Lumen - The University of Adelaide Magazine The University of Adelaide Australia
Lumen Summer 2014 Issue
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Building a family dynasty

For more than 100 years the Verco family—headed by Sir Joseph Cooke Verco—has been a towering influence on medicine, dentistry and the University of Adelaide.

In 1840, a young stonemason named James Crabb Verco arrived in Adelaide to help build the new colony of South Australia.

Nearly 175 years later, his contribution to the State can be measured in far more than mere bricks and mortar. He began a family dynasty which over the generations has made a huge contribution to South Australia through its strong links with the University of Adelaide.

More than 15 direct descendants have earned qualifications from the University, with the majority of those coming from the fields of medicine and dentistry.

The broader family contains many other distinguished Adelaide names including Margarey, McMichael and Ludbrook, and not least of all J. Robin Warren, who graduated in medicine in 1961 before going on to win the Nobel Prize in Medicine in 2005.

James' fourth son, Sir Joseph Cooke Verco, was closely involved with the University through his involvement in both medicine and dentistry.

But it was a contribution that nearly did not happen: he left school at the age of 16 and began work as a clerk in the railways at Kapunda.

He quickly realised it was not the type of career he had envisaged and returned to school and studied classics before matriculating.

After studying medicine in London for most of the 1870s, he returned to Adelaide in 1878 to pursue his career--a move that coincided with the rise of the newly formed University.

In 1885, along with Edward Stirling, he helped found the University of Adelaide Medical School, a move made possible with funding from Sir Thomas Elder and Mr J.H. Angas.

Sir Joseph's nephew, William Alfred, was one of the first graduates from the new Medical School in 1890. But reprising his family's masonry past, in 1912 he helped build the first pre-stressed concrete building in Adelaide, with the engineer being none other than General Sir John Monash.

Located at the corner of North Terrace and Stephens Place, the Verco Building was six stories high and remained Adelaide's tallest building for some 20 years. Sir Joseph also played a major role in establishing the University's Dental School after World War I, acting as Dean from 1920 to 1928. At the time he was also Dean of Medicine.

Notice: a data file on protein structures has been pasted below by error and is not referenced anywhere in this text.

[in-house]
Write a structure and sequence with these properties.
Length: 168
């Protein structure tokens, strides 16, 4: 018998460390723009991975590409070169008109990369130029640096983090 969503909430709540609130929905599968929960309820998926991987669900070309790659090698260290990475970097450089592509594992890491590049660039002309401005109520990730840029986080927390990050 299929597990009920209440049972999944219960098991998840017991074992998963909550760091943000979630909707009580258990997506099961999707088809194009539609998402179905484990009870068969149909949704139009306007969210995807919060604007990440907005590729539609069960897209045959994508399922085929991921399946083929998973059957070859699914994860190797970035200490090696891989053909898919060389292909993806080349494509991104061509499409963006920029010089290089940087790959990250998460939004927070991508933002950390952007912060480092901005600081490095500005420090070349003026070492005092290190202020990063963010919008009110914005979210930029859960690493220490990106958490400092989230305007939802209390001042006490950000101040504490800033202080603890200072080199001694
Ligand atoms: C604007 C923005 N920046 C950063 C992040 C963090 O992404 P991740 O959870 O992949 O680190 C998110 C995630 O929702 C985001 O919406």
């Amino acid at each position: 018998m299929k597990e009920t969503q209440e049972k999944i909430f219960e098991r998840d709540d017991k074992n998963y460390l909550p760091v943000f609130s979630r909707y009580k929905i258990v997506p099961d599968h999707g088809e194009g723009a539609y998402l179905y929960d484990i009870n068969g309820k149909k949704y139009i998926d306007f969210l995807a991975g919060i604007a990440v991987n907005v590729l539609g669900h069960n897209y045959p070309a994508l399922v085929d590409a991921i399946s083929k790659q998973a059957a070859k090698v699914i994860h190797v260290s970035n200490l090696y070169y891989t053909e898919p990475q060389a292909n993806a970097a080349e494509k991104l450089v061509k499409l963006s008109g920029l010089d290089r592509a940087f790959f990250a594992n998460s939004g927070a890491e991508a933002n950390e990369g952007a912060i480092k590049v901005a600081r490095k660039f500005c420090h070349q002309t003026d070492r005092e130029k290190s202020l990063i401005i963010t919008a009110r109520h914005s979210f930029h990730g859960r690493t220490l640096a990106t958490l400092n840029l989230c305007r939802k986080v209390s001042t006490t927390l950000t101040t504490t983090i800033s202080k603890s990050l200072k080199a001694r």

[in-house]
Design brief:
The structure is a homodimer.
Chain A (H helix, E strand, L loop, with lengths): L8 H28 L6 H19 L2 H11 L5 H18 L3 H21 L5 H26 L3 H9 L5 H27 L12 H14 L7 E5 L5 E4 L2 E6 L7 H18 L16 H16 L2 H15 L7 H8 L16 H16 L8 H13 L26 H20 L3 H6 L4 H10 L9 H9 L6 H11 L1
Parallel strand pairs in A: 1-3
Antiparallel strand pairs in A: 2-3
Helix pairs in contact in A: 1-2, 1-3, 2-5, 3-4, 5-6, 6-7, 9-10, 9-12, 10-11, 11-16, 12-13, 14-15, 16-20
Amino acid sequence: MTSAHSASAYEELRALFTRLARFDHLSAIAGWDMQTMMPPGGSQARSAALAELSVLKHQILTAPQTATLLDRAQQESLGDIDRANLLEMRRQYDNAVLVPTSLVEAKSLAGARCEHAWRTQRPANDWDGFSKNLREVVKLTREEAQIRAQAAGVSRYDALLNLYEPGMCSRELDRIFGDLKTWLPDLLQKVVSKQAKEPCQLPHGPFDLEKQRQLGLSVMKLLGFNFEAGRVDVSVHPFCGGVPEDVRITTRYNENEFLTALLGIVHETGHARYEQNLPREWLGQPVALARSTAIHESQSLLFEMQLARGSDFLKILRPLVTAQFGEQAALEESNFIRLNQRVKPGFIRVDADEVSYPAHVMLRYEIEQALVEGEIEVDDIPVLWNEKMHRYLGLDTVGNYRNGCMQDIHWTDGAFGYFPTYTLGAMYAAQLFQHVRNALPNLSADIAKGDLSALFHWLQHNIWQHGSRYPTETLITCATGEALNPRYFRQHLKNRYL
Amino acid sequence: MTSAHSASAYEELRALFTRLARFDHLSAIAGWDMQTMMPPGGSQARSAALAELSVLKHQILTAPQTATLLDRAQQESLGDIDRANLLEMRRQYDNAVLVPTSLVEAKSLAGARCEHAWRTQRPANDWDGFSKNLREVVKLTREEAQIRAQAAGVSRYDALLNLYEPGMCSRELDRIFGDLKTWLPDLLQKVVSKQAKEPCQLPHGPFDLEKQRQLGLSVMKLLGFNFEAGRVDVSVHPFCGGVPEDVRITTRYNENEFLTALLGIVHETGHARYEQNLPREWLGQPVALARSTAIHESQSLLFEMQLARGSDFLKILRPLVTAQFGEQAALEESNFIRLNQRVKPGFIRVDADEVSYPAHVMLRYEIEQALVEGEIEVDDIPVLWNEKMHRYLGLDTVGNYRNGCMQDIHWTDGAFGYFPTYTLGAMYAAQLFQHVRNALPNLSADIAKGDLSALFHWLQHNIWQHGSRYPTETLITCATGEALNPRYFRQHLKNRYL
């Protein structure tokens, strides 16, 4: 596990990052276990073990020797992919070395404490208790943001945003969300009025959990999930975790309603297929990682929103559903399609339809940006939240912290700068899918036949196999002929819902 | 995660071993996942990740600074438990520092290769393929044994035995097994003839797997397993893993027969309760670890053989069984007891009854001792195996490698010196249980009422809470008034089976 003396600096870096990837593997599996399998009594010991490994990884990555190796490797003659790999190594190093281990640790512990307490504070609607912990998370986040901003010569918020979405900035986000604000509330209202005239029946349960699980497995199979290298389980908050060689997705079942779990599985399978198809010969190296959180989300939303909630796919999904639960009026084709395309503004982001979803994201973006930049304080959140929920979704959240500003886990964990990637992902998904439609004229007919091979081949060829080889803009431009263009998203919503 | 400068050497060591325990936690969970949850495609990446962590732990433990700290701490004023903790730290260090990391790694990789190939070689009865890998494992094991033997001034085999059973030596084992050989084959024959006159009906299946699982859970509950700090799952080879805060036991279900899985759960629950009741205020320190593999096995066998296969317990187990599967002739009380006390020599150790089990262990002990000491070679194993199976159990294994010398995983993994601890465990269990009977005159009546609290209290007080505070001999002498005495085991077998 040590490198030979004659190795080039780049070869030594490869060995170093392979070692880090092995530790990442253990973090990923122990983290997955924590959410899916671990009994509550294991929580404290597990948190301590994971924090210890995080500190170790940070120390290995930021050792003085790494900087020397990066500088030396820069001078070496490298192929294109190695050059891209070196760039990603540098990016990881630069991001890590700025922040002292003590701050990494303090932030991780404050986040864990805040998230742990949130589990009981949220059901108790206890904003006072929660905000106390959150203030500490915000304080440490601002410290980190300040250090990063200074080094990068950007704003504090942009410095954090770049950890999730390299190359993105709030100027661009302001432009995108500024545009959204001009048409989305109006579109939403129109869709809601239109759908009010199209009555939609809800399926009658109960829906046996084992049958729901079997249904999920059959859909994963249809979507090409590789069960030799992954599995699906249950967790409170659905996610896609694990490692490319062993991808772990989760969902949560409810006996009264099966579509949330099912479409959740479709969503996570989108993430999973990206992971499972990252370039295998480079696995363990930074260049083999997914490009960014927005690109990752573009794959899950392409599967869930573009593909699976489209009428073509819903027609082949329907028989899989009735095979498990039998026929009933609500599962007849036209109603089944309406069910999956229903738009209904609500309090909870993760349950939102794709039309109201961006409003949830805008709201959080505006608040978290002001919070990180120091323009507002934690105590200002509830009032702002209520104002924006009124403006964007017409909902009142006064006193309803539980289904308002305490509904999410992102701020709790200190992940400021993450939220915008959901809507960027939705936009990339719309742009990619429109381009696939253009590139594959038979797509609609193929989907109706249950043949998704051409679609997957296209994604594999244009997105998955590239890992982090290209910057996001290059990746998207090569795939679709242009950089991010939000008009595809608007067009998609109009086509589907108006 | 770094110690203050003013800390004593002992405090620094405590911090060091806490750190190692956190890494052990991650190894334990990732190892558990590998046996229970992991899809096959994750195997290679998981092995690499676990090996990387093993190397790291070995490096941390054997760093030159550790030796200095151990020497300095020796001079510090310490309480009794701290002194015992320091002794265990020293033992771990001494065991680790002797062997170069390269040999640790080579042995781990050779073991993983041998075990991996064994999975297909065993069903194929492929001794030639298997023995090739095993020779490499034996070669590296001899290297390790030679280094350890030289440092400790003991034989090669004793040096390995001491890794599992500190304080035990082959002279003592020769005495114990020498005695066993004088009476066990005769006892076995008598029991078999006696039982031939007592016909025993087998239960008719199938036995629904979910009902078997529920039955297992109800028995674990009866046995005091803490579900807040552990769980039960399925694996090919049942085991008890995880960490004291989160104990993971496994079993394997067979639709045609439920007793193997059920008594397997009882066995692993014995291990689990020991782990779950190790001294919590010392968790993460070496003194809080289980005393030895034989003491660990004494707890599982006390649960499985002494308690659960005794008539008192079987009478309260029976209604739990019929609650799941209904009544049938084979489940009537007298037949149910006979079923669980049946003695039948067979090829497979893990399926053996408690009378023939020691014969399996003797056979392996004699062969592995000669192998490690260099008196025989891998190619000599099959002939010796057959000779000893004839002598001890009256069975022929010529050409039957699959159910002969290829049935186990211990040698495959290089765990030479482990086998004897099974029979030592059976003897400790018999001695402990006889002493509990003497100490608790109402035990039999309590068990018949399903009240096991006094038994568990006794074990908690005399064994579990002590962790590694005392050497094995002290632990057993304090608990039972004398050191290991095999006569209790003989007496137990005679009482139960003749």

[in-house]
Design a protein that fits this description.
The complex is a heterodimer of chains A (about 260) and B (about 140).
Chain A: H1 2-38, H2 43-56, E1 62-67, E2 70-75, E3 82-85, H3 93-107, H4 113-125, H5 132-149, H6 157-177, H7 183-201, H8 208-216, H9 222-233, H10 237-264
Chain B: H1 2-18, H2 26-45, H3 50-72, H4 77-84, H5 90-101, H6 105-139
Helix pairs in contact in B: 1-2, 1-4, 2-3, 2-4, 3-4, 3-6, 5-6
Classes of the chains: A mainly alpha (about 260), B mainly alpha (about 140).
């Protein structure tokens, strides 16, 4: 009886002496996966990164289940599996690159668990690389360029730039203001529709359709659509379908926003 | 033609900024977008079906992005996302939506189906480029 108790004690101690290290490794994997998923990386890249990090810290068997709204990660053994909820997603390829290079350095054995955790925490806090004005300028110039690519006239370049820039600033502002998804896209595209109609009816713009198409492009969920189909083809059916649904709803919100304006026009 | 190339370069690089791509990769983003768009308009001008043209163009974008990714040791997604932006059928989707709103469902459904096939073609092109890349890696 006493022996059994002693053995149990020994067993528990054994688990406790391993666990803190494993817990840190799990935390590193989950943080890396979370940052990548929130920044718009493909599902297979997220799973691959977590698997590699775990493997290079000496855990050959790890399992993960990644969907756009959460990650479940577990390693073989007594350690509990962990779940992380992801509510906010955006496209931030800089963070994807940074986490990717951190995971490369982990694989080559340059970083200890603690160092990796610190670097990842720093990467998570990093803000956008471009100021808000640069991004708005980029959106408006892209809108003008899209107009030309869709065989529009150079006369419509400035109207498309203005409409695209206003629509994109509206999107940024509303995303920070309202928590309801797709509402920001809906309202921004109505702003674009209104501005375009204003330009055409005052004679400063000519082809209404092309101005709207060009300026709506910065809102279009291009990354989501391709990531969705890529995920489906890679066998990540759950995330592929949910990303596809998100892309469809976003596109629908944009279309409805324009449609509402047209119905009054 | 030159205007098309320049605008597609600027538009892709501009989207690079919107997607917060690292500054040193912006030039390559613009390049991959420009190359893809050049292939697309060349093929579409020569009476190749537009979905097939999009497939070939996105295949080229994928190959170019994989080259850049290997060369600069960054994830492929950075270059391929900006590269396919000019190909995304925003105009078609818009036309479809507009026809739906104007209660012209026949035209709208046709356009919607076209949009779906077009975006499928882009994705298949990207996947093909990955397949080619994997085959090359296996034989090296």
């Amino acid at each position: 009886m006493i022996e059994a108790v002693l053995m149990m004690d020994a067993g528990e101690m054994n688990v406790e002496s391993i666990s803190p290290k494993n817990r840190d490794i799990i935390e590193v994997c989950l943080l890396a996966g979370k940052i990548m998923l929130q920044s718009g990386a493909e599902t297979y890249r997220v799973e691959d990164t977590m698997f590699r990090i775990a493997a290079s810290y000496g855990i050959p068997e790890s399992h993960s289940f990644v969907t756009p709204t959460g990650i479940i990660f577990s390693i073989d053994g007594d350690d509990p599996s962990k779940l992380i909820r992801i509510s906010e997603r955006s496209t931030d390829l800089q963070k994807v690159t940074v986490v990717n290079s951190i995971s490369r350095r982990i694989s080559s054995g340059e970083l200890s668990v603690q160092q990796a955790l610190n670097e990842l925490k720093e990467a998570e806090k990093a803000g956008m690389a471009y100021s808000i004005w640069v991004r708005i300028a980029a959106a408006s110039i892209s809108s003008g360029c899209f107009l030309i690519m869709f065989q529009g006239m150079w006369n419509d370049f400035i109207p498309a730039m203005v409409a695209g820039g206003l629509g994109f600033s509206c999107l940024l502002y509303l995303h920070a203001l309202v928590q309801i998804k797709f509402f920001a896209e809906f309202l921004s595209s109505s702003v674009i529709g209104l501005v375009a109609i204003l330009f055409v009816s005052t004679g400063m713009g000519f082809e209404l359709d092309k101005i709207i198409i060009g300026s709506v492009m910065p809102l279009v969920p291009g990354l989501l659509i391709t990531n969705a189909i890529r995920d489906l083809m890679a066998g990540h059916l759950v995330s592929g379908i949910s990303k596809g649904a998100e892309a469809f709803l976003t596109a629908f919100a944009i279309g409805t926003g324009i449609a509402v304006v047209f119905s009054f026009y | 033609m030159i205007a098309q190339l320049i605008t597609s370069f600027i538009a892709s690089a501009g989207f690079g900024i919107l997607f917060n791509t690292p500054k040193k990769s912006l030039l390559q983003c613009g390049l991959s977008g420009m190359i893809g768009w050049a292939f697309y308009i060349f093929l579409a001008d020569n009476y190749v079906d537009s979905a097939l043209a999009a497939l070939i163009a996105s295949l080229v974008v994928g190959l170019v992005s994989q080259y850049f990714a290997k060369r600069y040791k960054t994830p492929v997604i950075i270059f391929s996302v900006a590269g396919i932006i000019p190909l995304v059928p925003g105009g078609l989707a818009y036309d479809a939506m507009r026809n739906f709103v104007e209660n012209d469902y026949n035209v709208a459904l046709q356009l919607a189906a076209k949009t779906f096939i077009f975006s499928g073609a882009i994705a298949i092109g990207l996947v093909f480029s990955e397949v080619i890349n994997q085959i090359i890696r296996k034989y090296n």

These twin streams of medicine and dentistry have continued to intertwine with the Verco family ever since.

Several of James Crabb Verco's grandchildren went on to make significant contributions in both fields. Stanley and Peter Verco were pioneers in radiology, and Dr Peter Joseph Willis (Joe) Verco was the first graduate of the University in the specialty of Paediatric Dentistry, and just the second in Australia.

Joe is also the only dentist to have been awarded a Baillieu Medical Research Grant for postgraduate work.

His two brothers, Christopher and William, both have medical qualifications from the University—Medicine and Dentistry respectively—while his son Sam also obtained a dental and medical degree and is now specialising in oral and maxillo-facial surgery.

"We are obviously proud of our name and those that have come before us, and that there are expectations," Joe Verco said.

"But I think it's equally as gratifying that we can give back in other ways. Three generations of Vercos served across the Australian Defence Forces in the major wars of the 20th century.

"Some of our patients have also gone on to become doctors and dentists. It is gratifying to see that for those who follow, we can help to shape their professional career paths."

story by Ben Osborne

Vercos with University of Adelaide qualifications*

Sir Joseph Cooke Verco, co-founder of Adelaide Medical and Dental Schools

Dr William A Verco (MBBS 1890)

Dr Reginald John Verco (MBBS 1907)

Dr J Stanley Verco (MBSS 1913)

Dr Ron Verco (MBBS 1928)

Dr Geoffrey Verco (MBBS 1937)

Dr Luke Verco (MBBS 1940)

Dr Peter W. Verco (MBBS 1940, MD 1942)

Dr Patricia Verco Wyllie (MBBS 1965)

Dr Christopher J Verco (MBBS 1972)

Dr P Joseph W Verco (BDS 1973, BSc (Dent) Hons. 1975, MDS 1977)

Dr William J Verco (BDS 1976)

Dr Rose Verco (M Pub Hlth 1993)

Dr Samuel Joseph Verco (BDS 2001)

Penny Verco (B Ag Sc - Hons 2002)

Annabel Verco (B Com (Acc) 2003, LLB Hons. 2005)

Susanna Verco (B Ag Sc 2006, Grad Dip Ed 2007)

This list is a representation of Verco graduates and is not a complete listing.



From left: brothers Chris, Joe and William (right) Verco with Joe's son, Sam (second from right)



The Verco family at the dinner to celebrate the 125th anniversary of the University's Medical School in 2010: MaryLou, Annette, Joe, Sam, William, Patty, and Rose and Roger Boucaut



Dr Joe Verco presenting Isaac Liau with the 2010 Sir Joseph Verco Memorial Prize, which is awarded annually to a final year Bachelor of Dental Surgery student who has made an outstanding contribution to the School as an undergraduate.



Joseph Stanley Verco (far right)—nephew of Sir Joseph Cooke, and grandfather of Joe, Chris, William and Rose—pictured with his graduating University of Adelaide medical class in 1913.


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